Sponsor Pat Ryan, D-N.Y., said: “The cuts in this bill are just cruel, and they would have catastrophic consequences for American families. In combat, it was my sacred duty to make sure we left no one behind. This bill leaves far too many Americans behind.”

Opponent Jason Smith, R-Mo., said: “Even Democrat[ic] senators on the other side of the building said they will not support an absolute blank-check debt limit because they are concerned about the fiscal state of America.”

A yes vote was to adopt the motion.


Voting 272 for and 148 against, the House on March 1, 2023, passed a bill (HR 347) urging President Biden to consider official inflation estimates by the executive branch’s Office of Management and Budget and Council of Economic Advisers when he issues presidential orders having an impact of at least $1 billion on the federal budget. The bill requires Biden to regularly report the estimates to Congress, but otherwise it is only advisory.

Floor Debate, Pro & Con:

Supporter James Comer, R-Ky., said: “Pushing one big-spending policy after another, President Biden has continued to throw fuel on the inflationary fire. That fire is rapidly consuming the wages of our constituents. They have had to pay higher and higher prices for everything from eggs to electricity, all while inflation pushes their real wages further and further behind. President Biden just does not seem to get it or admit it.”

Opponent Cori Bush, D-Mo., said: “If Republicans were serious about fighting inflation and cutting costs for regular, everyday people, they would have joined with Democrats to pass critical legislation like the Inflation Reduction Act to rebuild American manufacturing and lower the cost of prescription drugs, healthcare, energy, and other goods and services for the people of our country rather than pushing an extreme MAGA [Make America Great Again] messaging bill that accomplishes nothing.”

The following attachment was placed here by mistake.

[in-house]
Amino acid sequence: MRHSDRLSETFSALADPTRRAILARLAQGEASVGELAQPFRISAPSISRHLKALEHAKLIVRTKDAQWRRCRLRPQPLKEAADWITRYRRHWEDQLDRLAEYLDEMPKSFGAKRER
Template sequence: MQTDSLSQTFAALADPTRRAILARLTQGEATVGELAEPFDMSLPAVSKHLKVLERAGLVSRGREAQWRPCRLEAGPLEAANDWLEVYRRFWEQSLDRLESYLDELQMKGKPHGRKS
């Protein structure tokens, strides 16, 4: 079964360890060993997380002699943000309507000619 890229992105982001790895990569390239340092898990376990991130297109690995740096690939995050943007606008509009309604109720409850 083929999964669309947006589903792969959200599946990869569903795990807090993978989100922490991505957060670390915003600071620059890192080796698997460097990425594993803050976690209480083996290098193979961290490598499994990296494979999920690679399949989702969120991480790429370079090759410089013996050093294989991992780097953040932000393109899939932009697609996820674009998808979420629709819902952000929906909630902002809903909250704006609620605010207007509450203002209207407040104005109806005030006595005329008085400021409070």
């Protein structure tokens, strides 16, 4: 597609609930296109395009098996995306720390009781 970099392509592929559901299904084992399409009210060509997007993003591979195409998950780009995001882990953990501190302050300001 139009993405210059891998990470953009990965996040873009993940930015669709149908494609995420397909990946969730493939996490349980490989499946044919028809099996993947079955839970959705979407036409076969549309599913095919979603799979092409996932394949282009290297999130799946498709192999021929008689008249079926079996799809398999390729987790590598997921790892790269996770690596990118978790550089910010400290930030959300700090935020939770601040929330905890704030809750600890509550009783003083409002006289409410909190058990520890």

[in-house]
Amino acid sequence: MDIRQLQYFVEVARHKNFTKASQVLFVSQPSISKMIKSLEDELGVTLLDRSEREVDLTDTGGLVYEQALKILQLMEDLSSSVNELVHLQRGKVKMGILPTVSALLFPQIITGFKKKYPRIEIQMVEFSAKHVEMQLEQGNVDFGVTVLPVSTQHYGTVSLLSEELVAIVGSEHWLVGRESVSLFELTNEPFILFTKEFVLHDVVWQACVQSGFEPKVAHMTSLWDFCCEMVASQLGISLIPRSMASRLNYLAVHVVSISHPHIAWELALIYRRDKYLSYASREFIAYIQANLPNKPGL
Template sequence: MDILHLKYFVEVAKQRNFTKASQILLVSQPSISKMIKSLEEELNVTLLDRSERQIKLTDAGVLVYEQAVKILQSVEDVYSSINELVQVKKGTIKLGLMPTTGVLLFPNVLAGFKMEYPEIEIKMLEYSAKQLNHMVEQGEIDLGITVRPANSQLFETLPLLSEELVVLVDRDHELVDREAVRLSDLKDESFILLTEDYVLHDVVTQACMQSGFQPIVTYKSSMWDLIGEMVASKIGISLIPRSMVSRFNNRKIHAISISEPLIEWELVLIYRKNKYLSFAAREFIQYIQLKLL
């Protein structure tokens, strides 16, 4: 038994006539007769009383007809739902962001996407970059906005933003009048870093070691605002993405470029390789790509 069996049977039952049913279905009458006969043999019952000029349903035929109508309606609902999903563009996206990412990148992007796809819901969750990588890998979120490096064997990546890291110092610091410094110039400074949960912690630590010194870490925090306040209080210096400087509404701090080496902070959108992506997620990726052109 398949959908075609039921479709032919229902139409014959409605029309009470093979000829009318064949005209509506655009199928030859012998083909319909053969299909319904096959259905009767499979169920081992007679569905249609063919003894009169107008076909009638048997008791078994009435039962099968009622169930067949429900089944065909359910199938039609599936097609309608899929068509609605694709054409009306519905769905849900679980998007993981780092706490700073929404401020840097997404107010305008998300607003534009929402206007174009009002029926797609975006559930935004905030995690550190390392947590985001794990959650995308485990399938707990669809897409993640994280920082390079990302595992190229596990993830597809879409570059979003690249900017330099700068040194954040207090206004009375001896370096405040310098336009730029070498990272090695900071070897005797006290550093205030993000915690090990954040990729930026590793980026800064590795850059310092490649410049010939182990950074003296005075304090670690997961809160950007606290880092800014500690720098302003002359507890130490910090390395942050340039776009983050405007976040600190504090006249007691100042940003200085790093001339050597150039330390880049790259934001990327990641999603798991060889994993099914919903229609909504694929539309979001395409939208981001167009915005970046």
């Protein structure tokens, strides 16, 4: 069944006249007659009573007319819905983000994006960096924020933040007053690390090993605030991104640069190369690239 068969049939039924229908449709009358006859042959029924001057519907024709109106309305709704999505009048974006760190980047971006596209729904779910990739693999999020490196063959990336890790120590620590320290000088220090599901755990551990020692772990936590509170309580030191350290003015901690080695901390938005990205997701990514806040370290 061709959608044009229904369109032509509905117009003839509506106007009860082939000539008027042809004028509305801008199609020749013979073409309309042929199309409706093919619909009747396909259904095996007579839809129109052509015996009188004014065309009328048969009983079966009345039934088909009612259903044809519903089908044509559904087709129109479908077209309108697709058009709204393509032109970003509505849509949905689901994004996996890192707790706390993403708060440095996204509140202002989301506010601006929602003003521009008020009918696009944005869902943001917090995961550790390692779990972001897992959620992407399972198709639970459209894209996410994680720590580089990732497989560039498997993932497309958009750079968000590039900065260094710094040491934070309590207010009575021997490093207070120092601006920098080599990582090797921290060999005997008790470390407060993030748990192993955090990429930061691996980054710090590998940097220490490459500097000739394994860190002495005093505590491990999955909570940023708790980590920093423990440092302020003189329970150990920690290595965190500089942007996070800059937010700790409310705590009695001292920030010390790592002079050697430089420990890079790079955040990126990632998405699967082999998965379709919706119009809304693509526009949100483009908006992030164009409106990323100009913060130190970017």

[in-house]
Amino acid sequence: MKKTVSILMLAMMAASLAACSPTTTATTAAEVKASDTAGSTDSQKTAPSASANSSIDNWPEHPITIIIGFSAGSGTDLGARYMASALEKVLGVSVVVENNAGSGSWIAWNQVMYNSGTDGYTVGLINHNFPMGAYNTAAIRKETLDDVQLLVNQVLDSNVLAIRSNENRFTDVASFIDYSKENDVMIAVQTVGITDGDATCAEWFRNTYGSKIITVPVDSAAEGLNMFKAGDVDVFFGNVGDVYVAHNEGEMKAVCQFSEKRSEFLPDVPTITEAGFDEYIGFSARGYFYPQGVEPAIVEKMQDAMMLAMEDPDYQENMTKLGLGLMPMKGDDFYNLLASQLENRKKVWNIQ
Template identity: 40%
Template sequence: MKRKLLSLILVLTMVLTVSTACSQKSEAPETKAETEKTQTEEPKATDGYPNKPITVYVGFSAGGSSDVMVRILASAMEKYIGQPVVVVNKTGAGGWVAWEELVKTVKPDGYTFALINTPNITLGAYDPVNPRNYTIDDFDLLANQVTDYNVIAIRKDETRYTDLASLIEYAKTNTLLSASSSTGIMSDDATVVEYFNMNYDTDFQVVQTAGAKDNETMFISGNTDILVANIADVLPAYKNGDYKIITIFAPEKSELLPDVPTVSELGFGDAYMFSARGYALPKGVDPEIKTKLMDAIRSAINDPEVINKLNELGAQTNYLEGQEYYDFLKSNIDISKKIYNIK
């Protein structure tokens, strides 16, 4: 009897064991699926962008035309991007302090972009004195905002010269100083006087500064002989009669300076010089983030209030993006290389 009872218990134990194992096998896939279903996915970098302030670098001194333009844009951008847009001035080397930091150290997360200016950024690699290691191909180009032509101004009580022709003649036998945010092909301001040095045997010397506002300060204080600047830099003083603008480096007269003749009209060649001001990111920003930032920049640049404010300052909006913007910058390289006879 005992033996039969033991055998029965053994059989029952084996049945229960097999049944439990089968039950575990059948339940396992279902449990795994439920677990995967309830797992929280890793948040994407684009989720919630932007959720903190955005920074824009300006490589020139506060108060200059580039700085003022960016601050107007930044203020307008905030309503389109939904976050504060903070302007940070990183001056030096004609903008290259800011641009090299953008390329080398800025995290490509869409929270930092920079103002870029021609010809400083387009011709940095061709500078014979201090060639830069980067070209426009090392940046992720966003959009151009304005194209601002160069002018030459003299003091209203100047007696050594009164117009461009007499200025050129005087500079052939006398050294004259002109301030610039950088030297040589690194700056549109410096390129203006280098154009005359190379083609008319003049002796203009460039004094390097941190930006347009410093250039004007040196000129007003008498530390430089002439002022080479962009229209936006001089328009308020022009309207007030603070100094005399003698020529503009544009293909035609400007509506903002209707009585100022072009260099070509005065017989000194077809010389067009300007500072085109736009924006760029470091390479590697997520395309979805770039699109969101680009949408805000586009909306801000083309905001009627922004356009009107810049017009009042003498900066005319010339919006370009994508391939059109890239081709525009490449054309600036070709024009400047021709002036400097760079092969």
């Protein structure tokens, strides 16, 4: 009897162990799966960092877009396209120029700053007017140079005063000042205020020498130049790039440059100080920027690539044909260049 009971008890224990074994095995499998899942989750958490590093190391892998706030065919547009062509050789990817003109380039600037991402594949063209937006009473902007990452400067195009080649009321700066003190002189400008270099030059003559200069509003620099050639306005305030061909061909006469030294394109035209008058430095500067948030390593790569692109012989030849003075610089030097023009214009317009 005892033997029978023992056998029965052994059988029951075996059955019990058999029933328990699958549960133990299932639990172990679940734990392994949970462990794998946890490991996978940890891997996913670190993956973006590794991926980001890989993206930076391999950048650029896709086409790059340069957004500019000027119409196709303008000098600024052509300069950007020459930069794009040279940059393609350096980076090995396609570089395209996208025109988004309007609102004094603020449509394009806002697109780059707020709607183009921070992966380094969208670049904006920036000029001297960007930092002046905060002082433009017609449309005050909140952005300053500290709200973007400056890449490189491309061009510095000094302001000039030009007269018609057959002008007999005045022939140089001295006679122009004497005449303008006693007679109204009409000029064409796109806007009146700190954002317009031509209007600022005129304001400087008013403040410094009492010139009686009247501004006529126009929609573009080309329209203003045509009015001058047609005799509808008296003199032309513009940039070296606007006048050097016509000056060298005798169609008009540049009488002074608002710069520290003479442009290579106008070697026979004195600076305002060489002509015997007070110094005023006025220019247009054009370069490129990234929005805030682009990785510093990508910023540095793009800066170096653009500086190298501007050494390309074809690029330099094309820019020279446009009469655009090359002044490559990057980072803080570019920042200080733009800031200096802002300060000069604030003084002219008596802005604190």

A yes vote was to send the bill to the Senate, where it was likely to fail.


Voting 221 for and 210 against, the House on Jan. 9, 2023, passed a bill (HR 23) that would cancel Internal Revenue Service funding of $80 billion over 10 years included in the Biden administration’s Inflation Reduction Act. About $45 billion of the sum would be used to expand IRS audits and tax collections and the remainder on improving customer service and modernizing computer systems. The IRS would use the added enforcement funds to hire thousands of auditors focused on reducing an estimated $600 billion-plus annual gap between taxes owed and taxes paid by Americans. Most of the shortfall is owed by businesses and wealthy individuals that fail to report income rather than wage earners whose taxes are deducted from paychecks, according to the Treasury Department. The rate of audits for taxpayers earning less than 400,000 will not be increased as a result of the added funding, and “the additional resources will go toward enforcement against those with the highest incomes,” the department told Congress.

Floor Debate, Pro & Con:

Supporter David Kustoff, R-Tenn., said Republicans are “focused on protecting taxpayers and small businesses from overreach and abuse. Blocking the Biden administration from unleashing 87,000 new IRS agents on taxpayers is a crucial first step toward fulfilling our commitment to America.”

Opponent Richard Neal, D-Mass., said: “The audit rate for millionaires has declined by 70 percent since 2010. Low-income workers who receive the earned income tax credit, they are audited more now than taxpayers who are making over $1 million a year. All we are asking for is fairness in the distribution of the responsibilities as to how we pay for government.”

A yes vote was to send the bill to the Democratic-led Senate, where it was likely to fail.